My apologies to Ryan Hall, good friend and author of this post, for the delay in uploading "You Are Worth The Whole World," the delay in posting this, the delay in saying how much we miss you now that you are in Africa, how much we hope that you and Addy are doing well, doing good (we know that you are).
“It’s a blank city, baby, where the buildings get stepped on.”
In an attempt to create something beautiful before my wife wakes up I have only managed to check my e-mail a couple of times. Do adult things like updating my linkedin corporate fascistbook account and looking up the last name of anyone who can service a Volkswagen in rural PA.
Doing something more than sitting on my hands (5 days and we leave the states for a very long time), I recall the first time I ever heard “You’re Worth the Whole World” by British post-IDM/slowcore band Hood blessed with the vocal presence of Yoni Wolf of Why? and Adam Drucker (Doseone). The genealogies of both bands would preoccupy most of my twenties and would eventually culminate in a mixtape, a marriage and a blood-pact to name our first-born Yoni. But, that’s not where it started.
In fact, I don’t really recall where it started. I am extremely fuzzy on the details of how this album even came into my possession. I can’t remember if this was before or after I rescued cLOUDEAD’s self-titled debut from a used CD rack in Salt Lake City. I vaguely recall Skyler Hitchcox saying something about this album…I don’t know. All I remember was a prevailing sense of sadness of Hood’s muted acoustic-electronic compositions. Beats that snap like brittle twigs, acoustic guitar lines plucked faintly through the thin walls of your neighbor’s post-WWII house. Bass rumbling through floorboards of basement practice spaces.
The sadness and sparseness of an acoustic guitar lick, a floor tom, gently plucked piano and a three-note synth horn line is exacerbated by Drucker and Wolf’s ping-ponging of Doseone’s half-sung/half-rapped, chopped and processed polyphonic delivery and Yoni Wolf’s deadpan spoken word beneath the surface. It is impossible to make out more than the occasional snippet and phrase and only then with very liberal interpretation, but still this song cuts to the quick. It is a sad and beautiful strangeness that soars above any sort of genre classifications.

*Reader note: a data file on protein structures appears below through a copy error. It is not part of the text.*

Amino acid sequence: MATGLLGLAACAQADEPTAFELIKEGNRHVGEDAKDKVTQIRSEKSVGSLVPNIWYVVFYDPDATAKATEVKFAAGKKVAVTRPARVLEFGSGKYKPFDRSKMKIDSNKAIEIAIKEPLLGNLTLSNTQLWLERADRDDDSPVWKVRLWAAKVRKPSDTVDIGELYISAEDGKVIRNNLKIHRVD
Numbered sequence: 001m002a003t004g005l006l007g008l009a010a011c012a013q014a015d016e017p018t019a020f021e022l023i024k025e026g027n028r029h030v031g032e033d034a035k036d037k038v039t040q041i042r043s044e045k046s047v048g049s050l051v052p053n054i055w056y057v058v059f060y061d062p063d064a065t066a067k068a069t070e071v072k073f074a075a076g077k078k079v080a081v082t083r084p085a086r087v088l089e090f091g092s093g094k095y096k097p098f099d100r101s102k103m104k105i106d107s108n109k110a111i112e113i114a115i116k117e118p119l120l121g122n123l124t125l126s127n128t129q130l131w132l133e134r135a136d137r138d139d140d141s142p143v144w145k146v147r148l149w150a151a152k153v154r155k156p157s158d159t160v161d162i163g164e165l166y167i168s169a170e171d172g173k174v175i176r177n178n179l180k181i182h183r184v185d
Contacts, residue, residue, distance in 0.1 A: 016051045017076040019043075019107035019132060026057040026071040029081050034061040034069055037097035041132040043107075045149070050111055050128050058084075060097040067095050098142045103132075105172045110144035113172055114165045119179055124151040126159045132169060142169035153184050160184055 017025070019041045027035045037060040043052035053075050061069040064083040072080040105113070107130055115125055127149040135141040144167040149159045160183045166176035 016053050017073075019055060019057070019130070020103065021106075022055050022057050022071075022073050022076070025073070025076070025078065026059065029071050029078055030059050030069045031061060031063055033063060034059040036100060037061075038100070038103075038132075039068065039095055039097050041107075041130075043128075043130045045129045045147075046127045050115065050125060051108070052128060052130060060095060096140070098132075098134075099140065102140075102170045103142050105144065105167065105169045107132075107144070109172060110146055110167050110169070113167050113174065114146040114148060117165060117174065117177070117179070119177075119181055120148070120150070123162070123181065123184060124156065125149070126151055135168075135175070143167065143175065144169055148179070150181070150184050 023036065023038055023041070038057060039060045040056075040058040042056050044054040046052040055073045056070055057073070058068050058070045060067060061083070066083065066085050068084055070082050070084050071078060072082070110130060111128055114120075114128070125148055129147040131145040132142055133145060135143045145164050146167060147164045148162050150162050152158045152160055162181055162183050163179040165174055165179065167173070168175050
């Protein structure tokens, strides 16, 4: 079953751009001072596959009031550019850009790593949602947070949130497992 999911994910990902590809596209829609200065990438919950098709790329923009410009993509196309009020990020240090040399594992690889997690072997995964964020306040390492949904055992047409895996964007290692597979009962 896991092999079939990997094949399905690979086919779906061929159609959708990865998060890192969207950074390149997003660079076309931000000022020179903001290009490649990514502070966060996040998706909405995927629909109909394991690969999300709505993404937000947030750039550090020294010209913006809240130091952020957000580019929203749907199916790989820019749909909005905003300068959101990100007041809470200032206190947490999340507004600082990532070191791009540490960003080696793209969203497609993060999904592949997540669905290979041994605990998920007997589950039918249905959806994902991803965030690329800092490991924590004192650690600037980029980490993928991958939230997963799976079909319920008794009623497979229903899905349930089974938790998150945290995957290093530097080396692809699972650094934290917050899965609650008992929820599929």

I think it was this inability to place this unknowable, impregnable last track of Cold House into anything I had experienced that has set me on a search to figure it out and has had such a palpable impact on my life. Forest Gospel, starting the Tome, my friendship with Nick, Erin and Atlas, hurriedly typing this before I start a day with a wife who stopped me in mid-sentence when she heard “Crushed Bones”, all stem from hearing this song and wanting to relive it over and over through analysis and experience.
Will Sheff said something true when he said that musicians and writers who write about music are cut from the same cloth. They hear a song that made them feel something and want to recreate the experience again and again. Musicians want to reinterpret that feeling to others, while writers want to explain why it made them feel a certain way.
Five years later and I still can’t figure out if I can separate depression and exaltation in this song or reconcile the ubiquitous sadness of this song and the incredible direction my life has taken because of it. I guess I never will.
Hood feat. Doseone & Why? - "You're Worth The Whole World" by ForestGospel